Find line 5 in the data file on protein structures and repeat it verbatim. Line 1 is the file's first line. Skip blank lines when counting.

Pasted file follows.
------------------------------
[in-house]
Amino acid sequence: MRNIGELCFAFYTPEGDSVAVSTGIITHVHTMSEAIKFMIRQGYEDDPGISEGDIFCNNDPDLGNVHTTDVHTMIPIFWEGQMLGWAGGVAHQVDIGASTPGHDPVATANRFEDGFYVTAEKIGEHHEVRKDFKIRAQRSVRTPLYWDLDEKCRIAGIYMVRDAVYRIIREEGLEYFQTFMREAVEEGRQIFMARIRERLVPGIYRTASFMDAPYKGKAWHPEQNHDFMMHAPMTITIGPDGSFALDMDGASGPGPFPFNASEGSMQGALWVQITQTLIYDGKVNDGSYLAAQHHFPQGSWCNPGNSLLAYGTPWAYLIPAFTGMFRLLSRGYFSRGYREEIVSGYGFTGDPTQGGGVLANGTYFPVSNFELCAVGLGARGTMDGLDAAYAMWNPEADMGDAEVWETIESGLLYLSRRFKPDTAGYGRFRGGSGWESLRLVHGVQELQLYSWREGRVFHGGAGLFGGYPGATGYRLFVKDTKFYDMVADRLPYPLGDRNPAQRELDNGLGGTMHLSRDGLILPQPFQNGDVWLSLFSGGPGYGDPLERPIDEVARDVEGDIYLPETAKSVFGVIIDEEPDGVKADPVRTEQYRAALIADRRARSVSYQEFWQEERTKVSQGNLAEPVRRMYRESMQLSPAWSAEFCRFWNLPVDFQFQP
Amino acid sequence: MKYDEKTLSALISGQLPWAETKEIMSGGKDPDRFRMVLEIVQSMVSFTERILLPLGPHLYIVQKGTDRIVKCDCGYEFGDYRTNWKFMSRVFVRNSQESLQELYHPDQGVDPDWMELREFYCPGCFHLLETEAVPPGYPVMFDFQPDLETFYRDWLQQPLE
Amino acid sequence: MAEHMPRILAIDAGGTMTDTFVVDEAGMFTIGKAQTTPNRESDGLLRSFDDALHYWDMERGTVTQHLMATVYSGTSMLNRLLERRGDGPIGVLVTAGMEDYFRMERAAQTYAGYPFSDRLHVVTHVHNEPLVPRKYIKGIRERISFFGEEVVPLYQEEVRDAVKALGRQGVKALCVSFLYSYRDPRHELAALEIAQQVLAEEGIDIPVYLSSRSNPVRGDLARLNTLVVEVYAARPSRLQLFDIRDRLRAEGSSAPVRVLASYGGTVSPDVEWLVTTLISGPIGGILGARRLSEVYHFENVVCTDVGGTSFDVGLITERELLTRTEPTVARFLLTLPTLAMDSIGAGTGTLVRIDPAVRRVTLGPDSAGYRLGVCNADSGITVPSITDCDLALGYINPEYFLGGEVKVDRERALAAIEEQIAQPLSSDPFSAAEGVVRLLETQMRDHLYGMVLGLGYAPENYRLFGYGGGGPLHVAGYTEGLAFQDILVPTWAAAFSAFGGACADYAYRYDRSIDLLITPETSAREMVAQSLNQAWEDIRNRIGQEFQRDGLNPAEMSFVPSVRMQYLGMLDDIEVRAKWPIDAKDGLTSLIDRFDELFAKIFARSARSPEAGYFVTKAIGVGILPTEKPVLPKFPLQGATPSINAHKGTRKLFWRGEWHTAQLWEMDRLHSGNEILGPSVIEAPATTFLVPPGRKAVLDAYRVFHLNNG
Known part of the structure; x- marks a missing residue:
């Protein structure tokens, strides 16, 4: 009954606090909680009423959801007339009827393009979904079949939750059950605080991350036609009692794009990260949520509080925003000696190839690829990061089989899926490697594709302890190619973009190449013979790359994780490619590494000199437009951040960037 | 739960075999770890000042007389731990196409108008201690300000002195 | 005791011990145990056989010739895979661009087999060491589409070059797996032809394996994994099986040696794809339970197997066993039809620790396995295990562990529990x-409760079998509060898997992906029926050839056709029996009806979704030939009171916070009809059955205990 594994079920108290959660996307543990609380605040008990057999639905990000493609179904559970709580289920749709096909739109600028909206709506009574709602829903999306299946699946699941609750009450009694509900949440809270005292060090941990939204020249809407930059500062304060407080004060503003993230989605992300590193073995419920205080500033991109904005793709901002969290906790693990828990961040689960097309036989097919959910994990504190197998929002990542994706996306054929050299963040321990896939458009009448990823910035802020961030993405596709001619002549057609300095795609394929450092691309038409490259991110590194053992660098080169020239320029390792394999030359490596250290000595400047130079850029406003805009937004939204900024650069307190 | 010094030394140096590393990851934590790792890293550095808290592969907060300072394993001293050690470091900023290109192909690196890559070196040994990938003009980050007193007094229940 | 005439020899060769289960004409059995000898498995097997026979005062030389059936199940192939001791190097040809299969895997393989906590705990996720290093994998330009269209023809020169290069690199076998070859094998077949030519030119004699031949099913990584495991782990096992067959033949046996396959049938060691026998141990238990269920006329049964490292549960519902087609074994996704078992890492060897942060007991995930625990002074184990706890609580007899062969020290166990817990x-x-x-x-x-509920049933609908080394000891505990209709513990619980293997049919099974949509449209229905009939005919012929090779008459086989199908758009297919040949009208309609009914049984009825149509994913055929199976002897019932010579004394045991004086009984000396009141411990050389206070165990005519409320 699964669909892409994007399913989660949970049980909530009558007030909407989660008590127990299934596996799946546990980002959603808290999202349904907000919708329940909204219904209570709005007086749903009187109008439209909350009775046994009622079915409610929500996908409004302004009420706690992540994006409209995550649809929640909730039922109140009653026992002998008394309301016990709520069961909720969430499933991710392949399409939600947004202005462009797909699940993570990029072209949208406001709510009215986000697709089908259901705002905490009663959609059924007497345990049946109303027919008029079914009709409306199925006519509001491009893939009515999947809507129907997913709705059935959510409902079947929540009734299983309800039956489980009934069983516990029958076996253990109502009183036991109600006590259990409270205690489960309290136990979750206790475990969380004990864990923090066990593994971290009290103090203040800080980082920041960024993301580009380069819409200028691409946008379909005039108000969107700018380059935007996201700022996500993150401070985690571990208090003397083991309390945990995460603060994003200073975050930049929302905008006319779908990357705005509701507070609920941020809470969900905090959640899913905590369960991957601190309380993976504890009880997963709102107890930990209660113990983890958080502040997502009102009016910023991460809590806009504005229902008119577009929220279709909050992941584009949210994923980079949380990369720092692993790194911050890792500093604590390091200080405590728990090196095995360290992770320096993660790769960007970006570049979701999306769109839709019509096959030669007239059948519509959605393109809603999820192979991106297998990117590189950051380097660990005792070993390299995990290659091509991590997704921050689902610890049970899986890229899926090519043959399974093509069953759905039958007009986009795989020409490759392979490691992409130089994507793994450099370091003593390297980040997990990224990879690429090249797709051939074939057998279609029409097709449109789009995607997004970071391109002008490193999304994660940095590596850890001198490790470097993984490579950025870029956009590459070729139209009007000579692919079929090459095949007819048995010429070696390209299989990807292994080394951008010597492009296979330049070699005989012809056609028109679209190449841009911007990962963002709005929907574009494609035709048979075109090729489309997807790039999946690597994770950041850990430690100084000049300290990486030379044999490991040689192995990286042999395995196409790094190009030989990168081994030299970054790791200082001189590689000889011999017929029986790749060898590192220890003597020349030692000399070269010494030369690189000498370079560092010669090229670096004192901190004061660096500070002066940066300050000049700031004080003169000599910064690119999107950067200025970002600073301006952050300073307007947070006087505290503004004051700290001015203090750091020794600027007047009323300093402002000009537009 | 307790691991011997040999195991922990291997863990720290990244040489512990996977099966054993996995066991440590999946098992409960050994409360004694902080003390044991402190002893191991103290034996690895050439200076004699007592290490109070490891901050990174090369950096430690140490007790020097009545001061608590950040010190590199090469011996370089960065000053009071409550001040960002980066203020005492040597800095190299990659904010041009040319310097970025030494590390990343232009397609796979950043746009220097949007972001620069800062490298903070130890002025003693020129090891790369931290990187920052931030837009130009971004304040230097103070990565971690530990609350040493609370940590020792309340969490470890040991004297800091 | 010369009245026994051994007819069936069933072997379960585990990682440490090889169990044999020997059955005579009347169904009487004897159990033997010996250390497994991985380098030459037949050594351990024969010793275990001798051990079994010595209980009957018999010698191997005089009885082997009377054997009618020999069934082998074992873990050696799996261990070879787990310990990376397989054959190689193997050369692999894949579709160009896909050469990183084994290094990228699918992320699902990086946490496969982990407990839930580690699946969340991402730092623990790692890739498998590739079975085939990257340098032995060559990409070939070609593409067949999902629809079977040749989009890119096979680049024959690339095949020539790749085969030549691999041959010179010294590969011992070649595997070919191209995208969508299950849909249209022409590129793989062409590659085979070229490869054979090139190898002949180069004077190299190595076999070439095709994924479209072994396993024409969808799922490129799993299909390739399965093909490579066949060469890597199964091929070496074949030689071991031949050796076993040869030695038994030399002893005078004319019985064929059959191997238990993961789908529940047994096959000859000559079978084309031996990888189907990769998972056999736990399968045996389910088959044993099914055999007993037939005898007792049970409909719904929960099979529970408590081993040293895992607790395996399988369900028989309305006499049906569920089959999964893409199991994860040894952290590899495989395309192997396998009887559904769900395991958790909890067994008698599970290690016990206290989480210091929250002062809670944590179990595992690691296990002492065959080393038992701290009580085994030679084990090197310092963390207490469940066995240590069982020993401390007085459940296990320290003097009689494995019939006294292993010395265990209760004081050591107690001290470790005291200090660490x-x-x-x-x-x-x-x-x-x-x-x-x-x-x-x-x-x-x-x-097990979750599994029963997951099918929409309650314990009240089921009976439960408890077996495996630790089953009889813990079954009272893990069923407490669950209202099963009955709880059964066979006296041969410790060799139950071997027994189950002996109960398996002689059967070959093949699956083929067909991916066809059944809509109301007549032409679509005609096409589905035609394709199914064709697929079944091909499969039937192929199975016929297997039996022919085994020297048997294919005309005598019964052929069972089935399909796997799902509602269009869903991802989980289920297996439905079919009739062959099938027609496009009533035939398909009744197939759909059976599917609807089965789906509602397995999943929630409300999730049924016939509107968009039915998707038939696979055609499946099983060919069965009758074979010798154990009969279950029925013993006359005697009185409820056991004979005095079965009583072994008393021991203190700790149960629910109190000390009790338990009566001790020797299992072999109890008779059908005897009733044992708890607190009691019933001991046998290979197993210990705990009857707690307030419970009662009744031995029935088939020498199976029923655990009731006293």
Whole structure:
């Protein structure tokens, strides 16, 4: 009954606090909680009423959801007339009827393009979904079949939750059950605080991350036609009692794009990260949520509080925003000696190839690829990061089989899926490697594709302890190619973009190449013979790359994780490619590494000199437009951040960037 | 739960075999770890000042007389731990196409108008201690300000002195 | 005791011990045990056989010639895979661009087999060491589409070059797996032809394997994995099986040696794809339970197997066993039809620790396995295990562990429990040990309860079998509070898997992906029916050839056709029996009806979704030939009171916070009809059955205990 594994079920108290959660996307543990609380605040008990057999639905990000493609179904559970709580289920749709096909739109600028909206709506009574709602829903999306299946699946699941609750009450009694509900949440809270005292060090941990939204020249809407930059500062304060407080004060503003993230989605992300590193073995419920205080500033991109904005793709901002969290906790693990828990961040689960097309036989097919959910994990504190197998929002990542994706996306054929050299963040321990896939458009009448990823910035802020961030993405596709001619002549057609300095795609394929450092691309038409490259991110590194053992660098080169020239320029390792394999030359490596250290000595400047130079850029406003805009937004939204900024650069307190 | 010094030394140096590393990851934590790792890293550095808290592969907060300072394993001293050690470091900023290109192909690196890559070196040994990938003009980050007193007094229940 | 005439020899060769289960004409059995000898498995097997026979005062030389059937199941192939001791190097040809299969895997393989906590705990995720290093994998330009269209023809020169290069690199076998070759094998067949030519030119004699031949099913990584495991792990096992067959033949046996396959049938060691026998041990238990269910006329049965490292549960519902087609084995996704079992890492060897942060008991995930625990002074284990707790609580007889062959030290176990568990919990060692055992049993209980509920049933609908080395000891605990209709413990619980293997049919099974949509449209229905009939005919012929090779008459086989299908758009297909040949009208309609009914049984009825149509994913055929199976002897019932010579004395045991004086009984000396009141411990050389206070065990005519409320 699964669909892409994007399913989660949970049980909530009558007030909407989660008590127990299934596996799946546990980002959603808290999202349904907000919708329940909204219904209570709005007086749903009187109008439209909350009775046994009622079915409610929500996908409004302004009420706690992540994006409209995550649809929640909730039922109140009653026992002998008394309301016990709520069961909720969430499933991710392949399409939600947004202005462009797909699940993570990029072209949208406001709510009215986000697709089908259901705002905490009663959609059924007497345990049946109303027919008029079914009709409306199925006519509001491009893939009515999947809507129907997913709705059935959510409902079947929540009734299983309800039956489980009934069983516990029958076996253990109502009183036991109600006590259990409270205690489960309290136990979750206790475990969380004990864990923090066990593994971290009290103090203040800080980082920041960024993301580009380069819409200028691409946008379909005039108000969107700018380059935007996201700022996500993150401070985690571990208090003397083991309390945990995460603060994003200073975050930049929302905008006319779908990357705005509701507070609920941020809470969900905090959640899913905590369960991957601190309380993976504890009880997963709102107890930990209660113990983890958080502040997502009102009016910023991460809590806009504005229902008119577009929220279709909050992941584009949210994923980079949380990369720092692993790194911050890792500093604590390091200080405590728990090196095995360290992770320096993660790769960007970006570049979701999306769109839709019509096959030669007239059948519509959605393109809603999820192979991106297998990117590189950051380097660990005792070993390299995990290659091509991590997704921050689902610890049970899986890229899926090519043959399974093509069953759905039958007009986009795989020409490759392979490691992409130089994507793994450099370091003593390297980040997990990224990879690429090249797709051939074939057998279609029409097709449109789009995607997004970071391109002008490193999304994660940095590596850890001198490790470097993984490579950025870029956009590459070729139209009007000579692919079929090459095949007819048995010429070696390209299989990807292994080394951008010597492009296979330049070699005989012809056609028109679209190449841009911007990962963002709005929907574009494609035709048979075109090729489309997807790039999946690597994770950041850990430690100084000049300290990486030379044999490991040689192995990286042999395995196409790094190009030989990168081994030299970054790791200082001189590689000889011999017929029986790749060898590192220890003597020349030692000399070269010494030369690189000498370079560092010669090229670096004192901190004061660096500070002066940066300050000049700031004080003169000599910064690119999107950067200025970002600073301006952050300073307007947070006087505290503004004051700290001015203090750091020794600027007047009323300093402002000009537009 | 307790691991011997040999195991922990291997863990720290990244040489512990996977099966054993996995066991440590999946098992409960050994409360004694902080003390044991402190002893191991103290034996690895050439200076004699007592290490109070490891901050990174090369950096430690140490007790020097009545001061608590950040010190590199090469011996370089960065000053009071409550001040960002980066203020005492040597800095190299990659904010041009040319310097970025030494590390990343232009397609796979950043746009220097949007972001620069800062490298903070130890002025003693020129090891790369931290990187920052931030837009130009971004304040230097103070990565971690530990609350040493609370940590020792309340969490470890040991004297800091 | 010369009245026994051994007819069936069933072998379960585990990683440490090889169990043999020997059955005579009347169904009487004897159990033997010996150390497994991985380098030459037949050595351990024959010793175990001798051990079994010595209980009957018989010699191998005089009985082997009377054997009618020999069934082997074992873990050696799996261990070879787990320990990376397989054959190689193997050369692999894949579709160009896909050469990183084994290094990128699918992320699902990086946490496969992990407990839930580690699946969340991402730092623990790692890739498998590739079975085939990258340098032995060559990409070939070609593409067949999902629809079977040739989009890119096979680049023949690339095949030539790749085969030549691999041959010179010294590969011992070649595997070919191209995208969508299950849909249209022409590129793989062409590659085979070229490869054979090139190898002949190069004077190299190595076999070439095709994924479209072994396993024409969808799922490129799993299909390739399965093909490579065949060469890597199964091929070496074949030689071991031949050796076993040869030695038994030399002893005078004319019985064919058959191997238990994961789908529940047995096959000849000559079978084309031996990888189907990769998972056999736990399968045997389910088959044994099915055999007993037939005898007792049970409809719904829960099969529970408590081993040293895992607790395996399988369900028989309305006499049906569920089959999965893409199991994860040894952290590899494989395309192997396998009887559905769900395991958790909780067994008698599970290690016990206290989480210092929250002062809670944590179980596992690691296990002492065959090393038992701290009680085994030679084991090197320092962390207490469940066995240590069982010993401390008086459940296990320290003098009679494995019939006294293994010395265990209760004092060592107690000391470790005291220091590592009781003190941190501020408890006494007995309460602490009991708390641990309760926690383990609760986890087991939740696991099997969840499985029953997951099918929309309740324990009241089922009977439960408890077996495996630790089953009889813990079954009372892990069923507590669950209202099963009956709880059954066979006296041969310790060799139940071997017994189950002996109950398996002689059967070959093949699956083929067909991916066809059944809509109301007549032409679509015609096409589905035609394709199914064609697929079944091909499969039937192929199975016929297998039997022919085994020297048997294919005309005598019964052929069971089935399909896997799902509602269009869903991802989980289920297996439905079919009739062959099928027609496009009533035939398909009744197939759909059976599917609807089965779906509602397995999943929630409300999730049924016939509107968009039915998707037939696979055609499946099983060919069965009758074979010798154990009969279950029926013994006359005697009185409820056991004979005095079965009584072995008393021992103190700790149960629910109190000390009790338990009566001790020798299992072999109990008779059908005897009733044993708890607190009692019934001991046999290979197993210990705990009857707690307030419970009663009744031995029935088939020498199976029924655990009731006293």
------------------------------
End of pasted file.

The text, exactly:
Known part of the structure; x- marks a missing residue: